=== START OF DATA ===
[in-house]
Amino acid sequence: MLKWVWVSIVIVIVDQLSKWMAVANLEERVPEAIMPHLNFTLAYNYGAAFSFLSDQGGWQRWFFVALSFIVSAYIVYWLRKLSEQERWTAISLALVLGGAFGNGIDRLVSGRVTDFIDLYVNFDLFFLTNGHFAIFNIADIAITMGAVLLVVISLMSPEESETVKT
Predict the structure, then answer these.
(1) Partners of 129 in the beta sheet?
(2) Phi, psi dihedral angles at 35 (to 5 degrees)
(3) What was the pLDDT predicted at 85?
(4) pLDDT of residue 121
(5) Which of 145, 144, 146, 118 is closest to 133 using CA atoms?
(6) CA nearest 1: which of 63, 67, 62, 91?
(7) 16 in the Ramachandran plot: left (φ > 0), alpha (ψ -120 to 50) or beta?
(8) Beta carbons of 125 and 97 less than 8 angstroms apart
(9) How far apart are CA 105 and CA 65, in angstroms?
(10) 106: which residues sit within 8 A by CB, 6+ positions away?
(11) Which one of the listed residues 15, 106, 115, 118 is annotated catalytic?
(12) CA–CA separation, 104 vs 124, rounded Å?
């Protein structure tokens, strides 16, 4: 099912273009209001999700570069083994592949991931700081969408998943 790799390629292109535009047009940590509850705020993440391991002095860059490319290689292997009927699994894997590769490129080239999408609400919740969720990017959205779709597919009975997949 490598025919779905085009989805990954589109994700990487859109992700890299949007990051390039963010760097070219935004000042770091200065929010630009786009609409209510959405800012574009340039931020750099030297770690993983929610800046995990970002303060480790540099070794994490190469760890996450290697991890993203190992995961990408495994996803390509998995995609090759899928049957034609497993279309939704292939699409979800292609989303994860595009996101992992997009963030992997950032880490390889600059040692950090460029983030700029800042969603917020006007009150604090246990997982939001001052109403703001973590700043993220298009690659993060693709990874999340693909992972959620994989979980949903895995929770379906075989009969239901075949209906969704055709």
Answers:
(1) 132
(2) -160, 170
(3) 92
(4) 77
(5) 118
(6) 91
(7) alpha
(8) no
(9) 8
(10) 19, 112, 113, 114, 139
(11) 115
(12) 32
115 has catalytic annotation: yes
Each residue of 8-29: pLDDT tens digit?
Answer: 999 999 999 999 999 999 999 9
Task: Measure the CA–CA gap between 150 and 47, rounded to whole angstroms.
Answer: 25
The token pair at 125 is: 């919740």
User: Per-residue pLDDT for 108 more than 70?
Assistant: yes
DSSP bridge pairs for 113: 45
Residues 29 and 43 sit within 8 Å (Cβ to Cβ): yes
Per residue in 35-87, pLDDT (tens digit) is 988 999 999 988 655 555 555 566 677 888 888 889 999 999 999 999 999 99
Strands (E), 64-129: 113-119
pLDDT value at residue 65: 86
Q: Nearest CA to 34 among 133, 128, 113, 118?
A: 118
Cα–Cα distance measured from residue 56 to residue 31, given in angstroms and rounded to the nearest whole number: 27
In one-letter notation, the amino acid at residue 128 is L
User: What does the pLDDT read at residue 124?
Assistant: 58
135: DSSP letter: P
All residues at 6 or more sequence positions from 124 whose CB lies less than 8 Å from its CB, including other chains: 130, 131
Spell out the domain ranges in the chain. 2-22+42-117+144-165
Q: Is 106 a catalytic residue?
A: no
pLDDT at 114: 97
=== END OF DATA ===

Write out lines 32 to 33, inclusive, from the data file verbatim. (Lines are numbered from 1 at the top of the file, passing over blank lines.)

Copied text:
Answer: 999 999 999 999 999 999 999 9
Task: Measure the CA–CA gap between 150 and 47, rounded to whole angstroms.